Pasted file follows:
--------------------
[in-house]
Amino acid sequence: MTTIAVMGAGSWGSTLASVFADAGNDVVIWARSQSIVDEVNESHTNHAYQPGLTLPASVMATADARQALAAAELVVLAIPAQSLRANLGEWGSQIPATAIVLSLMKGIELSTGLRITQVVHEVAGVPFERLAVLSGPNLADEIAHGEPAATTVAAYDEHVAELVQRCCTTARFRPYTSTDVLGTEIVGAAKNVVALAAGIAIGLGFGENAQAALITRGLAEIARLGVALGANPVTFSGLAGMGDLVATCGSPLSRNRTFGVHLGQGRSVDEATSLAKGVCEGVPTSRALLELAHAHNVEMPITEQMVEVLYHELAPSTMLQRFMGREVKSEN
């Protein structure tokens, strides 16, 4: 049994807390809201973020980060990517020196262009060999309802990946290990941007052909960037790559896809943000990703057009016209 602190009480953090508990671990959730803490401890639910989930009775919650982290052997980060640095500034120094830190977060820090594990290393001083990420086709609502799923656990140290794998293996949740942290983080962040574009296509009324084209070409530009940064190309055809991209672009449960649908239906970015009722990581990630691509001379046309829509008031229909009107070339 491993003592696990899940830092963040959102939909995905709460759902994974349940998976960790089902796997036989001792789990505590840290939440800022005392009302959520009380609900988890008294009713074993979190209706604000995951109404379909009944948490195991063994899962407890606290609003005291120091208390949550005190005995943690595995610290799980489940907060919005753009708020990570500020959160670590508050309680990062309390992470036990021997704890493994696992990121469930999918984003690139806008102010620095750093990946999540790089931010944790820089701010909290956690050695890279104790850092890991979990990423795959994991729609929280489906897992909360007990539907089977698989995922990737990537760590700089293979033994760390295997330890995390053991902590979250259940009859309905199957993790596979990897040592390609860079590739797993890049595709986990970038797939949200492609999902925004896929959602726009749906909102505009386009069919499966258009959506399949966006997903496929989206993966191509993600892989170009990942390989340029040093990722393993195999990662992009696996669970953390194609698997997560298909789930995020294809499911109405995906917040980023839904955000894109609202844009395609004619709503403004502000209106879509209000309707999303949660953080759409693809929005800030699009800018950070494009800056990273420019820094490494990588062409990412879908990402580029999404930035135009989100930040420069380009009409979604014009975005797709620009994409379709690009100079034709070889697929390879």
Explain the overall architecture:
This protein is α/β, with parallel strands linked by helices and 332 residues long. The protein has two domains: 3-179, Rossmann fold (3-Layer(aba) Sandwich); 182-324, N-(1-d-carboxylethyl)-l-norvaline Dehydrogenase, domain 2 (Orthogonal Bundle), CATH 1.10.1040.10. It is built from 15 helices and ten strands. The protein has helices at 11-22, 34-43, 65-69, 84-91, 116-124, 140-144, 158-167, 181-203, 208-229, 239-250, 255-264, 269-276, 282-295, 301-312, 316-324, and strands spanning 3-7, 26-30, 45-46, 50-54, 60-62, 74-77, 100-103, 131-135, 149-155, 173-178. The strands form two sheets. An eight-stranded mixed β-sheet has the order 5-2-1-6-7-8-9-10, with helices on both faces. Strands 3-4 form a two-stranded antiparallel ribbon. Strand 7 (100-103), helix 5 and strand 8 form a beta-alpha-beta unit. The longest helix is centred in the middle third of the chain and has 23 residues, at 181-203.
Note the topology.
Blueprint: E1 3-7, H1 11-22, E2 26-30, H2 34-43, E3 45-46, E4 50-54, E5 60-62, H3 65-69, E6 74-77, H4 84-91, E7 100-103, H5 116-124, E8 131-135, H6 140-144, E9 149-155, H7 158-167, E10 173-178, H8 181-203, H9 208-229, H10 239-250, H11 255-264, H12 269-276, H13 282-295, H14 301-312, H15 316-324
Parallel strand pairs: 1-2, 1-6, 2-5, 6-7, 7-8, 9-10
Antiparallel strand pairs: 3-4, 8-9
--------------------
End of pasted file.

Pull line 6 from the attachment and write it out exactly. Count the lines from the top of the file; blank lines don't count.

Note the topology.